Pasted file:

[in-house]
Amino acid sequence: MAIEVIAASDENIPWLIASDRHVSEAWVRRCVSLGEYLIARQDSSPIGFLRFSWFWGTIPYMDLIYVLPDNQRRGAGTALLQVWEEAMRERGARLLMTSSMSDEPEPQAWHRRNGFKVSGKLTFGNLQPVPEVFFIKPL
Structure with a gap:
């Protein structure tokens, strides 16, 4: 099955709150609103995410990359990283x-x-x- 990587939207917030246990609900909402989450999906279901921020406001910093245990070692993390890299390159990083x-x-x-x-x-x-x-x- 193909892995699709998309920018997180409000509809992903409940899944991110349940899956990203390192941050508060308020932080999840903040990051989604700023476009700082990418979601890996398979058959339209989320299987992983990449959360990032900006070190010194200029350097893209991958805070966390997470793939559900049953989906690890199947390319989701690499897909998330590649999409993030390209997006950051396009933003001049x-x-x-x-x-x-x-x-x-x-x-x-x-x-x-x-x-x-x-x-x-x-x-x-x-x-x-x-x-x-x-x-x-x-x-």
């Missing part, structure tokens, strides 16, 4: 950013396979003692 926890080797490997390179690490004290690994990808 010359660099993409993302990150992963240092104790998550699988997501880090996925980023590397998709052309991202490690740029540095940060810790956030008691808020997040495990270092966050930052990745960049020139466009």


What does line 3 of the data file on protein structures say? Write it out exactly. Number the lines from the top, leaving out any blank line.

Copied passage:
Structure with a gap: